Curative therapies for AD are not available and supportive care plays an important role in the treatment of patients with AD.Symptomatic treatments providing temporary alleviation of the symptoms of AD without modifying the disease progression include drugs such as acetylcholinesterase inhibitors and the glutamate antagonist memantine [1].Most of these drugs offer at best a moderate symptomatic effect.Other therapeutic strategies focus on anti-amyloid approaches,including active and passive immunization,γ-secretase and β-secretase inhibitors,and antiaggregation drugs[1].A further understanding of the etiopathogenesis of AD is needed in order to develop disease-modifying therapies which can prevent,delay or treat the symptoms of AD.Type 2 diabetes and insulin resistance are the main lifestyle-related risk factors for AD.Lifestylemodifying approaches including diet and physical exercise may show beneficia effects in the prevention and early treatment of AD.

The accumulation of Aβ and the development of AD have been proposed to be related to dietary factors.For example,the finding of a Dutch study suggested that diets rich in saturated fat and cholesterol increase the risk of several types of dementia[11].However,a subsequent 6-year follow-up of the same study population found no correlation between fat consumption and dementia[12].Another large study of elderly participants found only weak trends between cognitive decline and the intake of saturated fat and cholesterol as assessed using a food questionnaire[13].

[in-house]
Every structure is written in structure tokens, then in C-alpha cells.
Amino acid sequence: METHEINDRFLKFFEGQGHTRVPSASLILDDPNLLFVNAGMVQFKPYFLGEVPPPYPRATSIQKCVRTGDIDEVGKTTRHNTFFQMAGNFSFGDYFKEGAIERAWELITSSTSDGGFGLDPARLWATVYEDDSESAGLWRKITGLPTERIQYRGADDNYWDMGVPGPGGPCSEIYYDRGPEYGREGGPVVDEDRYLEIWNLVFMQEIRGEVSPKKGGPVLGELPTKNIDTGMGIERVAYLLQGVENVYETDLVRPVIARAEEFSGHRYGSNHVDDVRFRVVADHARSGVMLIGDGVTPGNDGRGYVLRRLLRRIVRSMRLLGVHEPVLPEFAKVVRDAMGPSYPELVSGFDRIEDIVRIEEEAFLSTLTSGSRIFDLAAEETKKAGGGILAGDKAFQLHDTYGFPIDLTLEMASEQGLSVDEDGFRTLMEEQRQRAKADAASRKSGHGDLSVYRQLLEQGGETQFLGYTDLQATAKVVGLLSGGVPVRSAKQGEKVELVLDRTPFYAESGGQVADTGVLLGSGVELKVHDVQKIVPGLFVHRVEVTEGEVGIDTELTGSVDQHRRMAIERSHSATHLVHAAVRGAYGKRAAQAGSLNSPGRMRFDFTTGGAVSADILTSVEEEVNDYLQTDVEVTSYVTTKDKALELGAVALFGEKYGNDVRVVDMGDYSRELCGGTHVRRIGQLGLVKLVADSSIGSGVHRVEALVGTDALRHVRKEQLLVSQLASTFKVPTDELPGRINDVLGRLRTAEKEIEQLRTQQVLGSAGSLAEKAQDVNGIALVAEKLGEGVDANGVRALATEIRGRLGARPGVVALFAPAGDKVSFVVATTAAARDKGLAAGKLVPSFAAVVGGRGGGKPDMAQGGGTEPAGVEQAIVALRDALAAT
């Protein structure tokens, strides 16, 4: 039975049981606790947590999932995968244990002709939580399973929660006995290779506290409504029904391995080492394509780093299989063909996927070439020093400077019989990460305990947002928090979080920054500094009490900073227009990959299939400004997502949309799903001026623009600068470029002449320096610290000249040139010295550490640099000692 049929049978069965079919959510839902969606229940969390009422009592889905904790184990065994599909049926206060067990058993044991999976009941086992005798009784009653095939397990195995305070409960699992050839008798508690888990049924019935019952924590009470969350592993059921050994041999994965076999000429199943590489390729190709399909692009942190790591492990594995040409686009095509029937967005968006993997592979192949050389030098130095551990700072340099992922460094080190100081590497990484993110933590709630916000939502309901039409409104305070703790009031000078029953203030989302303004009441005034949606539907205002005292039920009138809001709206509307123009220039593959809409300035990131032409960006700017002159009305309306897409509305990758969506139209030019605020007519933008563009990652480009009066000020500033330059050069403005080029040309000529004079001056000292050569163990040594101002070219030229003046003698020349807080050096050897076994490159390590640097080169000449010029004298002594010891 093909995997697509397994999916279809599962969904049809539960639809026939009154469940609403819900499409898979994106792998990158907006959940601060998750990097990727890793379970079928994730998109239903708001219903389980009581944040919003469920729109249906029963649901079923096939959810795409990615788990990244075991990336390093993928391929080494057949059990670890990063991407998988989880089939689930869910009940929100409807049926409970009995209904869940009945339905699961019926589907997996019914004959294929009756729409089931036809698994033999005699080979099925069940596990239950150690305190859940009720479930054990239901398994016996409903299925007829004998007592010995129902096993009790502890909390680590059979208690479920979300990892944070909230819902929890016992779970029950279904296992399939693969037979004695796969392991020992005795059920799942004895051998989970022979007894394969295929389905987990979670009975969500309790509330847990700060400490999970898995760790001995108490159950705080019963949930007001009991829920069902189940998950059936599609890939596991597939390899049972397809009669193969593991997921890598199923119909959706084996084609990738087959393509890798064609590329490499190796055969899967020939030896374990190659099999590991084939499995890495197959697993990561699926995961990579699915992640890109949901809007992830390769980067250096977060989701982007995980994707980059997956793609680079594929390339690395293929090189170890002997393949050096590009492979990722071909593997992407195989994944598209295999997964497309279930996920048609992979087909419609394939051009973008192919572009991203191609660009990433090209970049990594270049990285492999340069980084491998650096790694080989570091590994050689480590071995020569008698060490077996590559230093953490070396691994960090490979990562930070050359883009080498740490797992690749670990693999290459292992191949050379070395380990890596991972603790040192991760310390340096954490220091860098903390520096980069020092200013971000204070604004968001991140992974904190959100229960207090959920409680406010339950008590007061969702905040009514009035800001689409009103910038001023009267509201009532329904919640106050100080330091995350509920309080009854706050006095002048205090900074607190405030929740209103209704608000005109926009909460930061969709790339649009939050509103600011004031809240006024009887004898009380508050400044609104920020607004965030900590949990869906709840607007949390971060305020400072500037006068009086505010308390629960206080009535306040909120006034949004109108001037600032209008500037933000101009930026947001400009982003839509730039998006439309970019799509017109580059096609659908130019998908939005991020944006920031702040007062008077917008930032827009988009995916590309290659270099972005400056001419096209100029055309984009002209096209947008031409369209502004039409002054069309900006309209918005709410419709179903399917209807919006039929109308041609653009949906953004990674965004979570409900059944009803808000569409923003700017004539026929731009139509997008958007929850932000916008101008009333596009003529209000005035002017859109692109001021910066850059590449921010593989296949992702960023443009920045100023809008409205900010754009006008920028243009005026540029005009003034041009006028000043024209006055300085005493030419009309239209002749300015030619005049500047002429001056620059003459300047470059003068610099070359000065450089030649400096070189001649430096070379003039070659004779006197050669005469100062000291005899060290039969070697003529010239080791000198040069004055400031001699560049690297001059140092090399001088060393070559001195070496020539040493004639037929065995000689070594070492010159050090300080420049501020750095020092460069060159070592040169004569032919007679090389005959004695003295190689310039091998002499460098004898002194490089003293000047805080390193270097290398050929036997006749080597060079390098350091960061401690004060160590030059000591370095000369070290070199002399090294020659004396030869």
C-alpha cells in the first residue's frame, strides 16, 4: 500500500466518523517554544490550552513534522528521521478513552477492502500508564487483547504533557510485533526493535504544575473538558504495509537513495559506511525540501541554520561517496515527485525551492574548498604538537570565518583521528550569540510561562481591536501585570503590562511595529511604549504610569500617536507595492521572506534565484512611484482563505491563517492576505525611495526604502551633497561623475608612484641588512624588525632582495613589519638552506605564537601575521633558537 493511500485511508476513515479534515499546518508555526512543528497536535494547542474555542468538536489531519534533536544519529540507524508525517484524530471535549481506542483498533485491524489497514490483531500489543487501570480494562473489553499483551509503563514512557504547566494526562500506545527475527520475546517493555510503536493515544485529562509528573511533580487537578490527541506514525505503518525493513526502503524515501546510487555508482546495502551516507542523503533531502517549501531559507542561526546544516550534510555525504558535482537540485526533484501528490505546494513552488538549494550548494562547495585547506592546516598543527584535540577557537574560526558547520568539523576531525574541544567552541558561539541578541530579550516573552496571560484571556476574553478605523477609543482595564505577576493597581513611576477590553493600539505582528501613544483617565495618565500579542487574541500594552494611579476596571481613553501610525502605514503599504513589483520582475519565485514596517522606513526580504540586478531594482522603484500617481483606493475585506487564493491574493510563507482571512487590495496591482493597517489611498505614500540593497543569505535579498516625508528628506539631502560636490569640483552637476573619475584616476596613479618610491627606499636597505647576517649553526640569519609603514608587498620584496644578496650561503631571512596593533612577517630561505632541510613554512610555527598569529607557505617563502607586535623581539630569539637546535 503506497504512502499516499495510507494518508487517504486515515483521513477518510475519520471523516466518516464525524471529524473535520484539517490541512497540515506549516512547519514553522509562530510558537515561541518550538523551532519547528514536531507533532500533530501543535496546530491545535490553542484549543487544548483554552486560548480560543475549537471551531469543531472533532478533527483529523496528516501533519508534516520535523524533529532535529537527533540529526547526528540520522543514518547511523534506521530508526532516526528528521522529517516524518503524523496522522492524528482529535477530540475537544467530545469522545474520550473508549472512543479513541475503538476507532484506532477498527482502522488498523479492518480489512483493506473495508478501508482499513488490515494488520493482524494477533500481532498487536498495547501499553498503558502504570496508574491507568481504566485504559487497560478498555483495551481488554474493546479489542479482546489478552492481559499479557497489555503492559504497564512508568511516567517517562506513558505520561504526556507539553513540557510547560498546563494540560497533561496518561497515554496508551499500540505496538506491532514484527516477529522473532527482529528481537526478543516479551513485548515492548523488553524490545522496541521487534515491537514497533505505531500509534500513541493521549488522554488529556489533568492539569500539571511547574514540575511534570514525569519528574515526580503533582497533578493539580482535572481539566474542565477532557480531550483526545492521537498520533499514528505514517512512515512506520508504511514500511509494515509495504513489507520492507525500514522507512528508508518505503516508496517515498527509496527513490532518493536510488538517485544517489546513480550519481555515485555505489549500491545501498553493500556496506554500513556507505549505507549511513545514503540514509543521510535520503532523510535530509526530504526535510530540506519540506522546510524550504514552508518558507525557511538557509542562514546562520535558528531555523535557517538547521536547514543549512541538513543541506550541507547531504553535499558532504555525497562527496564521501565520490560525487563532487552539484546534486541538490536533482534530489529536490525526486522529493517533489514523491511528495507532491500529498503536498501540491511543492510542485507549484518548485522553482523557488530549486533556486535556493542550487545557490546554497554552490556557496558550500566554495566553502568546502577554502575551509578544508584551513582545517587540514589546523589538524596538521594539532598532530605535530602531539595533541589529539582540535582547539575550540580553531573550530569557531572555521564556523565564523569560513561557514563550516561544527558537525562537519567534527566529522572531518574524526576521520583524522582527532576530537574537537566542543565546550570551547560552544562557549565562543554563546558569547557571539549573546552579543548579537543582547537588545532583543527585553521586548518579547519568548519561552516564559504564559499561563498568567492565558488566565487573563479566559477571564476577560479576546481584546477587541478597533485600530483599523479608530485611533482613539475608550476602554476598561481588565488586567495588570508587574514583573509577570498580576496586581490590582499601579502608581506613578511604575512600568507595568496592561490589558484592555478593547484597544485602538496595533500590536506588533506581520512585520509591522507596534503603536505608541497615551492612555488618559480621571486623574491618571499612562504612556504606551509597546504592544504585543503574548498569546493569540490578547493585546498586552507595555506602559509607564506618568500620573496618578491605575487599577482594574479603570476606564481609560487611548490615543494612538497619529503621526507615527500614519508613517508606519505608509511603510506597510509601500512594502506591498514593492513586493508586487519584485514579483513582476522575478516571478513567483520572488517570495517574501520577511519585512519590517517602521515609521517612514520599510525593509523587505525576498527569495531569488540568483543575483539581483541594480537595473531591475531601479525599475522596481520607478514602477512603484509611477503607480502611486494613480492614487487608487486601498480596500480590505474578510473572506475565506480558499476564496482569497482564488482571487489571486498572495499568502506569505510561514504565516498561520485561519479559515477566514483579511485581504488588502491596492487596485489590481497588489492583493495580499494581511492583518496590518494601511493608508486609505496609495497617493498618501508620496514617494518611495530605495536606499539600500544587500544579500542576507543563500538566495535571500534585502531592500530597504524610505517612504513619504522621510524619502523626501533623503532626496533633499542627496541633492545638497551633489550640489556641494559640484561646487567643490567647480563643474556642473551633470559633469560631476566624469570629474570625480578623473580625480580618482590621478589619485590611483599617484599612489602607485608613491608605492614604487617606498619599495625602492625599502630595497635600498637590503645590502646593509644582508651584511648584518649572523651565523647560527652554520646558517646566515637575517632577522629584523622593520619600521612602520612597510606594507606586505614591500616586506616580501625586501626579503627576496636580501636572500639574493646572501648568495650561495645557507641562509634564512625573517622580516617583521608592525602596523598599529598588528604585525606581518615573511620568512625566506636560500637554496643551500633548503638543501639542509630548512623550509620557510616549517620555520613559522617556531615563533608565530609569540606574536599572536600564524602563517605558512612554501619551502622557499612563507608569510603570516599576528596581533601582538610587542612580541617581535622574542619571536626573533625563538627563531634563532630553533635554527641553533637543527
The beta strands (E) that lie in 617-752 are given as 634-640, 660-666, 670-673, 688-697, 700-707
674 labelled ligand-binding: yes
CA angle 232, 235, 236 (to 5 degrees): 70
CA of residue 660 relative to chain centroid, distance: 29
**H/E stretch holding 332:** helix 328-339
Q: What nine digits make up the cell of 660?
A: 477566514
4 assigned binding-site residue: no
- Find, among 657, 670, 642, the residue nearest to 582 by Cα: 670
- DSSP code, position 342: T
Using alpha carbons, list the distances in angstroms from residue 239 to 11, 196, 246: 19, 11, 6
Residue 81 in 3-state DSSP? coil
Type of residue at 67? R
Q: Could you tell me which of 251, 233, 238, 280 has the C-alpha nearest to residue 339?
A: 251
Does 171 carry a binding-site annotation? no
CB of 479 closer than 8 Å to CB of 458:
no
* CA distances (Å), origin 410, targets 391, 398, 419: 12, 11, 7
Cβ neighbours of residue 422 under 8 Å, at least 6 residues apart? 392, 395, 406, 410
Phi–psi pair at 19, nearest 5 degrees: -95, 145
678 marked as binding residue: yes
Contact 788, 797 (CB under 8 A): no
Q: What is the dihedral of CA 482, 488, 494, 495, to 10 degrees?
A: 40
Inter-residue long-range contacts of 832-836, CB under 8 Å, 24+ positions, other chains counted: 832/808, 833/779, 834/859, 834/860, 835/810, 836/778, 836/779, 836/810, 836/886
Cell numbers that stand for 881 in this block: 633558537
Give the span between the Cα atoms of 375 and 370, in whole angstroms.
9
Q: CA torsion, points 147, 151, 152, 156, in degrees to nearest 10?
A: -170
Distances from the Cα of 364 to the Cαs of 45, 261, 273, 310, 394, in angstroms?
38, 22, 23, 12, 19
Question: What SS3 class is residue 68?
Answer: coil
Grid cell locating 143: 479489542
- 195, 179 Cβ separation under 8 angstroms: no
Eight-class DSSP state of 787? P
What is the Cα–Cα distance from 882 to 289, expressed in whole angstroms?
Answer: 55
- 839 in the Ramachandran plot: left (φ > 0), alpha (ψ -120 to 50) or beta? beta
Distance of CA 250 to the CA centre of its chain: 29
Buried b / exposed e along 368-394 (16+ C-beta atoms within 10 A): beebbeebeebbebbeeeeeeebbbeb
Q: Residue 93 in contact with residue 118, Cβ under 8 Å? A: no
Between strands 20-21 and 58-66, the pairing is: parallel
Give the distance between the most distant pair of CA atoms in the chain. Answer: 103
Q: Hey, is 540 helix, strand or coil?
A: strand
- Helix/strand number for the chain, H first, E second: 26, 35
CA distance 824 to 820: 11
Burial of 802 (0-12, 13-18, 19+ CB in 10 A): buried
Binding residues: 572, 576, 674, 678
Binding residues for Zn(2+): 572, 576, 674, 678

The finding of recent investigations have suggested that caloric restriction prevents age-related neuronal damage and may be useful in the prevention and treatment of AD [14].Hypotheses linking caloric restriction to cognitive capability include anti-inflammator mechanisms,reduction of neural oxidative stress,promotion of synaptic plasticity as well as induction of various stress and neurotrophic/neuroprotective factors [14].Caloric restriction may also prevent Aβ neuropathology in AD transgenic animal models [14].A relative recent dietary approach to the treatment of AD is the administration of ketogenic diets.

2.Development of ketogenic diets